I’m always curious to see how remote the conclusion of a case involving application of a probate rule is to the legislative intent of the rule at the time of it becomes law. One such case recently surfaced in New England where the court’s application of a Rhode Island intestacy statute resulted in what may be considered an unjust and bizarre result.
In Fleet Nat’l Bank v. Hunt 944 A.2d 846 (R.I. 2008) the court faced the estate administration of Art Hadley, a self-made entrepreneur and successful New England businessman, who died in 1941; survived by his wife, Frances and his two children, Thomas and Sarah.
After Art Hadley’s death, Thomas married Betty, who had two children from prior relationships: Janet Hunt and Lucille Foster. A few years after Frances died, Thomas formally adopted Janet Hunt and Lucille Foster, both of whom were over eighteen years old. In 1993, Thomas died, having no biological children but survived by Betty and his two adopted daughters, Janet Hunt and Lucille Foster.
Art Hadley’s other child, Sarah, died childless and unmarried on January 3, 2002. Her death triggered the distribution of two Hadley trusts. At the time of her death, Art Hadley had no surviving children, or biological grandchildren, or biological issue. However, Thomas’s two adopted daughters, Janet Hunt and Lucille Foster, were living.
The Living Trust
As part of his estate planning Art Hadley established both a living trust and a testamentary trust. The Art Hadley Living Trust established a trust for the benefit of Art Hadley and his wife, Frances. According to the trust’s terms, upon Frances’ death, the trust income was to be paid, in the trustees’ discretion, for the benefit of Art Hadley’s two children, Thomas and Sarah, and upon the death of the last survivor of Art Hadley’s children or his wife, the trust would terminate and the corpus would be distributed in fee simple to the children and issue then living of his two children, in equal shares per stirpes. If, however, Thomas or Sarah left no surviving issue, the trust contained a failure provision. That provision instructed:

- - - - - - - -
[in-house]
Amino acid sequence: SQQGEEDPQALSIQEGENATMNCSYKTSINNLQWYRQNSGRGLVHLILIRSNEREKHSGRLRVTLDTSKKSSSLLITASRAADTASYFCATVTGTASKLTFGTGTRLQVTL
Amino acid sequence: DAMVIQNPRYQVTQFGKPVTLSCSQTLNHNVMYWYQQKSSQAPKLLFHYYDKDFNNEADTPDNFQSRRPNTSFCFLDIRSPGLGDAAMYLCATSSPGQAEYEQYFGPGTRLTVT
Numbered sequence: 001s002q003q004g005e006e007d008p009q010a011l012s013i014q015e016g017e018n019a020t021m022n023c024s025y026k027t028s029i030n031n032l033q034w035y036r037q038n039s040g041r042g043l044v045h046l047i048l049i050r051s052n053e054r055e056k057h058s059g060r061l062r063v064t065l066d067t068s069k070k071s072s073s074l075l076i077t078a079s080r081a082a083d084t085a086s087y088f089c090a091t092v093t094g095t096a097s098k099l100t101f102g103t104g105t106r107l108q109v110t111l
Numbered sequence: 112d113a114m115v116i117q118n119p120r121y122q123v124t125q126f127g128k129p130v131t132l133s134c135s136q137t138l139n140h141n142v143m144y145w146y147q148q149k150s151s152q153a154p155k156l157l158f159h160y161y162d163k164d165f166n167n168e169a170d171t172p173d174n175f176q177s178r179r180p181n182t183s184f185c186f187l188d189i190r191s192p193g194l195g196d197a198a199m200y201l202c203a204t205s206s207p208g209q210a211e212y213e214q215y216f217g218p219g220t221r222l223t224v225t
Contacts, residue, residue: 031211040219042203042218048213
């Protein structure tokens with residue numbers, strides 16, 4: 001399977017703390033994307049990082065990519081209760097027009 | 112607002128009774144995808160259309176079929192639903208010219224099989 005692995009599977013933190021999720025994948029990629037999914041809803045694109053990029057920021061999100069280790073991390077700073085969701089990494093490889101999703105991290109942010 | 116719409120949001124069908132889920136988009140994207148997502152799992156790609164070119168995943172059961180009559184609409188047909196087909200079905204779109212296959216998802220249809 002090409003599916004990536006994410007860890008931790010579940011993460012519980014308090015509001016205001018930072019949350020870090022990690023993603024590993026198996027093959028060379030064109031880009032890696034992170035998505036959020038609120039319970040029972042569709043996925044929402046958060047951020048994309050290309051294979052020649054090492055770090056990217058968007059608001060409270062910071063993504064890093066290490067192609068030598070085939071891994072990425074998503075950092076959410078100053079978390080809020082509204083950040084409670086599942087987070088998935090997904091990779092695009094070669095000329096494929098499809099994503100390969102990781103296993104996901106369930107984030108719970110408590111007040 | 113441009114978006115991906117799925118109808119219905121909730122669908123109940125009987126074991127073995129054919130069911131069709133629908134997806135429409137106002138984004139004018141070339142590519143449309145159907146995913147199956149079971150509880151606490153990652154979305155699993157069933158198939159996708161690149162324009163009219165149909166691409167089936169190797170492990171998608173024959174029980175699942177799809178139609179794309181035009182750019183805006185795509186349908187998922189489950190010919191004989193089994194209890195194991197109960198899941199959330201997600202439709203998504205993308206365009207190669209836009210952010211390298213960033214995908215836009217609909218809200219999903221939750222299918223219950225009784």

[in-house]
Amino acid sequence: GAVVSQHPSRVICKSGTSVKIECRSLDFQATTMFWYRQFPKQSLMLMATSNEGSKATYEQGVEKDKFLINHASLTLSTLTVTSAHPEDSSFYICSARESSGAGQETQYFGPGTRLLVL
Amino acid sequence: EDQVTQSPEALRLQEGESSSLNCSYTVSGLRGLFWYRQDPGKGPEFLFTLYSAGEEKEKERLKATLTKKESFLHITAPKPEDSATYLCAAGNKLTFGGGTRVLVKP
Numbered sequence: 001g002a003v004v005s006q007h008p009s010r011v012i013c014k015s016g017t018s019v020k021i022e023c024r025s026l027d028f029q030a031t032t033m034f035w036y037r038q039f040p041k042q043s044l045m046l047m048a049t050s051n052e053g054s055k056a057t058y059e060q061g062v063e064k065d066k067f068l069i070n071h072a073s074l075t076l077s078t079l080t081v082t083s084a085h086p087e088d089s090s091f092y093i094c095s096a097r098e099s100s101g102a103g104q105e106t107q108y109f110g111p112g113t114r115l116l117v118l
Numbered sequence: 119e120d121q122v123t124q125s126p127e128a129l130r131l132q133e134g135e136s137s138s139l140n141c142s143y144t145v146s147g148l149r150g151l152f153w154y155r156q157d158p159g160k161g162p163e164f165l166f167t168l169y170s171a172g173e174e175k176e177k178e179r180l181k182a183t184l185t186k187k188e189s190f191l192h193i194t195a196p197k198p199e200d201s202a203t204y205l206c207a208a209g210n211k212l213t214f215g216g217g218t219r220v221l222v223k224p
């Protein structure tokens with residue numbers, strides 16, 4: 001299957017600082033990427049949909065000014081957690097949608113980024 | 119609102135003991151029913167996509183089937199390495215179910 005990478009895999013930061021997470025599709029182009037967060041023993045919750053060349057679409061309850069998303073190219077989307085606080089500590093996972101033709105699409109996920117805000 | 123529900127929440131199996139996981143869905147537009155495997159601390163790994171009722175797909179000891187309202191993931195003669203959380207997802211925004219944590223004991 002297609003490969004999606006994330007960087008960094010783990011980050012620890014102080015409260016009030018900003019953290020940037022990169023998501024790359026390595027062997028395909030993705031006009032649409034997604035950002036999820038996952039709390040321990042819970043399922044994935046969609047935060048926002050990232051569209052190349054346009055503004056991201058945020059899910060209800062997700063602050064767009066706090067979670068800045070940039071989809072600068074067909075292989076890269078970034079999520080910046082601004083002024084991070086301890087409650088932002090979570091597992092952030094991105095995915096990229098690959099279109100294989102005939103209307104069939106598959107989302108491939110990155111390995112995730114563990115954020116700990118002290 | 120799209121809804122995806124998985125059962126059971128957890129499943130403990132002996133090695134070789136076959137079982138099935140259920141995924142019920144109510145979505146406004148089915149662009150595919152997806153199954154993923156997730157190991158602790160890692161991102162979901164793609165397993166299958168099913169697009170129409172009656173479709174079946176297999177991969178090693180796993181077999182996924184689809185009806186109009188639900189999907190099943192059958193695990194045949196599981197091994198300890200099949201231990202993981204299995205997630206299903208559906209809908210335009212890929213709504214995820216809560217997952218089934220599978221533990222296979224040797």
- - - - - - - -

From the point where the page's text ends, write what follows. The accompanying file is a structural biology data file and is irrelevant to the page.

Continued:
“In case of the total failure of all of the trusts hereinbefore provided for with respect to the final disposition of the principal of the trust estate or any shares thereof, the Trustee shall transfer, convey and pay over the then principal of the trust estate, or such shares, as the case may be, discharged of these trusts, to and among those persons who would then be entitled to the personal estate of the Settlor under the laws of said State of Rhode Island had he then died intestate, a domiciled inhabitant of said State, according to the statutes of distribution then in force in said State, and in the shares and proportions provided by said statutes.”
The Testamentary Trust